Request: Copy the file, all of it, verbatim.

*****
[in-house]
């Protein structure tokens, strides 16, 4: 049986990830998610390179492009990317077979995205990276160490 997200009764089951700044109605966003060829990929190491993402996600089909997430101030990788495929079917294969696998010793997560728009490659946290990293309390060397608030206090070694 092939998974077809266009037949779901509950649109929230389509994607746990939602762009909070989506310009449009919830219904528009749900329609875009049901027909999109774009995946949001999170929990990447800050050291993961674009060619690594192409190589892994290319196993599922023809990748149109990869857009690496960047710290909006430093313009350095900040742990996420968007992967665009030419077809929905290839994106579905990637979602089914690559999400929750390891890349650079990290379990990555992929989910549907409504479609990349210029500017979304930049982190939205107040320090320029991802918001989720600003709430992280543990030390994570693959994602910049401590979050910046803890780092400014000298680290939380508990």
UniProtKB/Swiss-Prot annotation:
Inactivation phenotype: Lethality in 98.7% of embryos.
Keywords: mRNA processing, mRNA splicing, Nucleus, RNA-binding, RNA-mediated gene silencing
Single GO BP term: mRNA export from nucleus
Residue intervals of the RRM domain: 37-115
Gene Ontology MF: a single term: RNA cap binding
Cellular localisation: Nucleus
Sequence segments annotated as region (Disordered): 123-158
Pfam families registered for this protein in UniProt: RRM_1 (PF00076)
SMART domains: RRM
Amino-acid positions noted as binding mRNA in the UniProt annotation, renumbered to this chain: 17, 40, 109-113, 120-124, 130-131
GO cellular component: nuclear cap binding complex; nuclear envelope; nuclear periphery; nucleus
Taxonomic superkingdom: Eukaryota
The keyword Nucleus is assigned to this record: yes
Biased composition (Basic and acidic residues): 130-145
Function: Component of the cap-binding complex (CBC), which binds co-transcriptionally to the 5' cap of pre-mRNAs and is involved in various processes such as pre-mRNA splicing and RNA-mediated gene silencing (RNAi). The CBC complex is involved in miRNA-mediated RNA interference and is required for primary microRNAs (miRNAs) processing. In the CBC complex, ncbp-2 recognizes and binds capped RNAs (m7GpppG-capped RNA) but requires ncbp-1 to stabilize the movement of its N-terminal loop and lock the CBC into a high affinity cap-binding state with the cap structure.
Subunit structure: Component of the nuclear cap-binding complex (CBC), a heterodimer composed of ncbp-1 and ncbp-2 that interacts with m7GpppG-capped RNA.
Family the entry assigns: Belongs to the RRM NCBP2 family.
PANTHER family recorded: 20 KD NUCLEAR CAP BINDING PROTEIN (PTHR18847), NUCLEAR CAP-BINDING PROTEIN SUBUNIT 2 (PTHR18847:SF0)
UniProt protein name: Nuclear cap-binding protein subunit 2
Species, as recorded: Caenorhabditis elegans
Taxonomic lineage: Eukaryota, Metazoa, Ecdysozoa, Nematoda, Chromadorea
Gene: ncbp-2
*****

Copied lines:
[in-house]
């Protein structure tokens, strides 16, 4: 049986990830998610390179492009990317077979995205990276160490 997200009764089951700044109605966003060829990929190491993402996600089909997430101030990788495929079917294969696998010793997560728009490659946290990293309390060397608030206090070694 092939998974077809266009037949779901509950649109929230389509994607746990939602762009909070989506310009449009919830219904528009749900329609875009049901027909999109774009995946949001999170929990990447800050050291993961674009060619690594192409190589892994290319196993599922023809990748149109990869857009690496960047710290909006430093313009350095900040742990996420968007992967665009030419077809929905290839994106579905990637979602089914690559999400929750390891890349650079990290379990990555992929989910549907409504479609990349210029500017979304930049982190939205107040320090320029991802918001989720600003709430992280543990030390994570693959994602910049401590979050910046803890780092400014000298680290939380508990």
UniProtKB/Swiss-Prot annotation:
Inactivation phenotype: Lethality in 98.7% of embryos.
Keywords: mRNA processing, mRNA splicing, Nucleus, RNA-binding, RNA-mediated gene silencing
Single GO BP term: mRNA export from nucleus
Residue intervals of the RRM domain: 37-115
Gene Ontology MF: a single term: RNA cap binding
Cellular localisation: Nucleus
Sequence segments annotated as region (Disordered): 123-158
Pfam families registered for this protein in UniProt: RRM_1 (PF00076)
SMART domains: RRM
Amino-acid positions noted as binding mRNA in the UniProt annotation, renumbered to this chain: 17, 40, 109-113, 120-124, 130-131
GO cellular component: nuclear cap binding complex; nuclear envelope; nuclear periphery; nucleus
Taxonomic superkingdom: Eukaryota
The keyword Nucleus is assigned to this record: yes
Biased composition (Basic and acidic residues): 130-145
Function: Component of the cap-binding complex (CBC), which binds co-transcriptionally to the 5' cap of pre-mRNAs and is involved in various processes such as pre-mRNA splicing and RNA-mediated gene silencing (RNAi). The CBC complex is involved in miRNA-mediated RNA interference and is required for primary microRNAs (miRNAs) processing. In the CBC complex, ncbp-2 recognizes and binds capped RNAs (m7GpppG-capped RNA) but requires ncbp-1 to stabilize the movement of its N-terminal loop and lock the CBC into a high affinity cap-binding state with the cap structure.
Subunit structure: Component of the nuclear cap-binding complex (CBC), a heterodimer composed of ncbp-1 and ncbp-2 that interacts with m7GpppG-capped RNA.
Family the entry assigns: Belongs to the RRM NCBP2 family.
PANTHER family recorded: 20 KD NUCLEAR CAP BINDING PROTEIN (PTHR18847), NUCLEAR CAP-BINDING PROTEIN SUBUNIT 2 (PTHR18847:SF0)
UniProt protein name: Nuclear cap-binding protein subunit 2
Species, as recorded: Caenorhabditis elegans
Taxonomic lineage: Eukaryota, Metazoa, Ecdysozoa, Nematoda, Chromadorea
Gene: ncbp-2